Thursday, February 5, 2009

Why Inbreeding?

There are few things in the equine breeding industry today that cause as much anxt as the much misunderstood, often abused practice of inbreeding and it's relative, linebreeding. The two concepts are often lumped into the same category. And the truth be told, the line between them is a little blurry. When exactly does inbreeding become linebreeding?

For simplicities sake, I figure inbreeding is the mating of two direct relatives within two generations. This means, father to daughter, mother to son, full brother to full sister or 1/2 brother to 1/2 sister. Linebreeding is the mating of two horses with similar bloodlines. There is a common ancestor that will appear at least two times in the resulting foal's pedigree within 5 generations.

It's all the other crazy mixes between those two distinct and seperate theories that cause confusion. And there are a lot of them. All you have to do is look at a few pedigrees. Some of those criss-crossy matches even make me scratch my head.

Genetically speaking...the reasons for inbreeding is to produce Homozygosity. From the colonial days, inbreeding has been used to "fix" certain characteristics that define a "type". The QH can trace his origins back a couple hundred years to one particular horse, Janus. Colonial breeders being limited on the number of quality race-type horses, crossed Janus back on his own fillies, bred full brothers and sisters, 1/2 brothers and sisters and unwittingly created a type of horse that was known for it's ability to break quickly at the starting line and for it's short bursts of speed. Discussion and conjecture says that these types of horses could not even maintain their speed for a quarter mile, so other bloodlines had to be infused to create a horse that not only maintained the abilities the inbred Janus' had, but could still run far enough to at least make it a race and hence the quarter miler was born. Well, at least the concepts were there. And so was the concept of inbreeding and outcrosses. Now, I am pretty sure that such ideas were around long before the colonies...as there were already established "types" of horses...Arabians, English TB's, Andalusians, Friesians and several draft-types, to name a few. We cannot be so arrogent or narrow-minded to think that any type or breed of horse in existance today was EVER created without some type of inbreeding and linebreeding.

Alright, so the next question is, since we now have a breed, why do we still need inbreeding? Welll...even within the breed, people are still breeding for "type". Halter horse people breed for one type, WP another, Reining horse another and Cutting another. Any time a new event is created and/or a horse comes along that revolutionizes that event...the quickest way to produce horses that are homozygously predispositioned to excel in that event is to inbreed and/or linebreed.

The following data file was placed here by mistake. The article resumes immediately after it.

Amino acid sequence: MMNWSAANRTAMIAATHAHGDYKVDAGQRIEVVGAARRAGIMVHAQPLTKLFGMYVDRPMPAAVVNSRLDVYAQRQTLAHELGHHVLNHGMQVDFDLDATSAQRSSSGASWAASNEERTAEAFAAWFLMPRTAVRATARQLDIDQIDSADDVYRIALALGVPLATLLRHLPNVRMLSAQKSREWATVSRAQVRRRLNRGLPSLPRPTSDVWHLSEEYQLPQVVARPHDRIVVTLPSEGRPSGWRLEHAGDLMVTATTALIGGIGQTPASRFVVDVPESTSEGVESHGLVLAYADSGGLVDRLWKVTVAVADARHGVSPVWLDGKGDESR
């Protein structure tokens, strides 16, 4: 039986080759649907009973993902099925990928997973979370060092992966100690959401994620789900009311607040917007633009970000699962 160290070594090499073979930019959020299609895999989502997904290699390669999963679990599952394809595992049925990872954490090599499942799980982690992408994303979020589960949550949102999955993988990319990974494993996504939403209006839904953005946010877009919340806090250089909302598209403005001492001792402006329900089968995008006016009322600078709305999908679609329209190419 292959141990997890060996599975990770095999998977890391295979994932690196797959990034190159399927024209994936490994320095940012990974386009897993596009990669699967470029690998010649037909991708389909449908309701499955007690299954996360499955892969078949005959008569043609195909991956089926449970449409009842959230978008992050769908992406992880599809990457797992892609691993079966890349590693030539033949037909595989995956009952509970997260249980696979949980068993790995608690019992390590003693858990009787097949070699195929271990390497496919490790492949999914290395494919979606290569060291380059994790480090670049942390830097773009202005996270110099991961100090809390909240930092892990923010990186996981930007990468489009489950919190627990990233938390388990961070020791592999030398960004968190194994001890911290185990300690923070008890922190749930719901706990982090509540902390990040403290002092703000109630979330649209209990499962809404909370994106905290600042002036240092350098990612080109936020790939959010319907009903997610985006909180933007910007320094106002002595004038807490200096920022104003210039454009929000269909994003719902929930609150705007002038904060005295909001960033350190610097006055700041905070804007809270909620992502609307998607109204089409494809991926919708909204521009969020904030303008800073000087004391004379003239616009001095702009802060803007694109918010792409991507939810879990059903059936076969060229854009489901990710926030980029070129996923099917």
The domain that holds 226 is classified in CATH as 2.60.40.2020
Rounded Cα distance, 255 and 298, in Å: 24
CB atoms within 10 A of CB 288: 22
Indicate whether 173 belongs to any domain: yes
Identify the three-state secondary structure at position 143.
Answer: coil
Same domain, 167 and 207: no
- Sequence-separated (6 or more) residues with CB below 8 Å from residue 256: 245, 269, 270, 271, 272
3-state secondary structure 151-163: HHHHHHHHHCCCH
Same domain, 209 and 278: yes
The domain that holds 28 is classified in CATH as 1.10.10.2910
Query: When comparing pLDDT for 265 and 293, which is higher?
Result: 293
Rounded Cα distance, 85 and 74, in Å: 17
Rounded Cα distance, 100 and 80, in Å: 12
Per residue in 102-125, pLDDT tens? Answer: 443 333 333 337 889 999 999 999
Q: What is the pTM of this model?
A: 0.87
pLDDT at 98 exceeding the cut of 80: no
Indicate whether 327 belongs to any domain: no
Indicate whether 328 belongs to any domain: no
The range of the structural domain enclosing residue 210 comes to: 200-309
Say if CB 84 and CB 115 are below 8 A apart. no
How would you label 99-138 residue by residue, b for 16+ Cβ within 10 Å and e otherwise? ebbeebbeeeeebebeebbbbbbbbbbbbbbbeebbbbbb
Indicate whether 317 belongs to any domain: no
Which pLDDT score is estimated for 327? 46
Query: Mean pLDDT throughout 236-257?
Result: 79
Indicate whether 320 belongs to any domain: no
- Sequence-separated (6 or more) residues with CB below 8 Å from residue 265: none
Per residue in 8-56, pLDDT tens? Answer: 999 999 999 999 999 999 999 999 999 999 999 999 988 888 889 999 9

Alright, that is the warm-up...I have much more to explain, but it is going to be a beautiful day and I have much to do, so I will leave you with some prime examples of when inbreeding and linebreeding has and has not worked. I am sure you are all familiar with most of them...

Impressive...

Poco Bueno...

Doc Bar...

Joe Hancock...

King P-234...

Leo...

Jack McCue...







4 comments:

Adventures Of A Horse Crazed Mind said...

Great post and rather timely too! I was just looking at a mare I liked when I noticed that her pedigree is far too tightly bred for my liking. You did a great job of explaining it and the pics are great too. Linebreeding is really popular still in dogs as well...actually, my Hawkydog is just one generation short of being inbred. (sorry Hawky but its true!) I know that there are both good and bad that can come of it but it seems that within each discipline we have become so specialized that there are no outcrosses left to go to. In reining there are only a few outcross that I can think of that are actually doing really well (http://www.tmccutcheon.com/Stallions/MajorVaquero.htm being one). Pretty soon something is going to have to give because we cant just keep crossing the same horses over and over again. That is partly why I am interested in the Australian Stock Horse. Hybrid vigor?

ezra_pandora said...

I love all this knowledge you have and are posting about.

So for people who don't know, how close in a line do things really affect the horses. Like the negative (nasty attitude) things, HYPP, etc. (I don't know a whole lot of things) I've always heard Impressive is really bad about I think the HYPP. Sassie has Poco Bueno, Joe Hancock, King, Leo and Jack McCue (as far as my eyes would let me focus), can you go further into what's bad (I know, that's just for me, and it's your blog, lol) and how far down it would affect a horse? The closest my mare is to any of those is like 6 generations away. Besides HYPP, what is there?

cdncowgirl said...

EZRA Just a quick breakdown.
Impressive - HYPP
Poco Bueno - HERDA (doesn't seem to be as well known as HYPP but is really nasty, do a google on it)
King P234 - GBED (heart & skeletal muscles cannot function, leading to rapid death)

These bloodlines don't always mean your horse will have these conditions, responsible breeding and DNA testing can help avoid them.
I'm sure BECG can do a better job explaining.

ezra_pandora said...

Ok, thanks for that. I saw the HERDA one with Poco Bueno on wiki, is that where their skin falls off? Yes, I need to keep reading. lol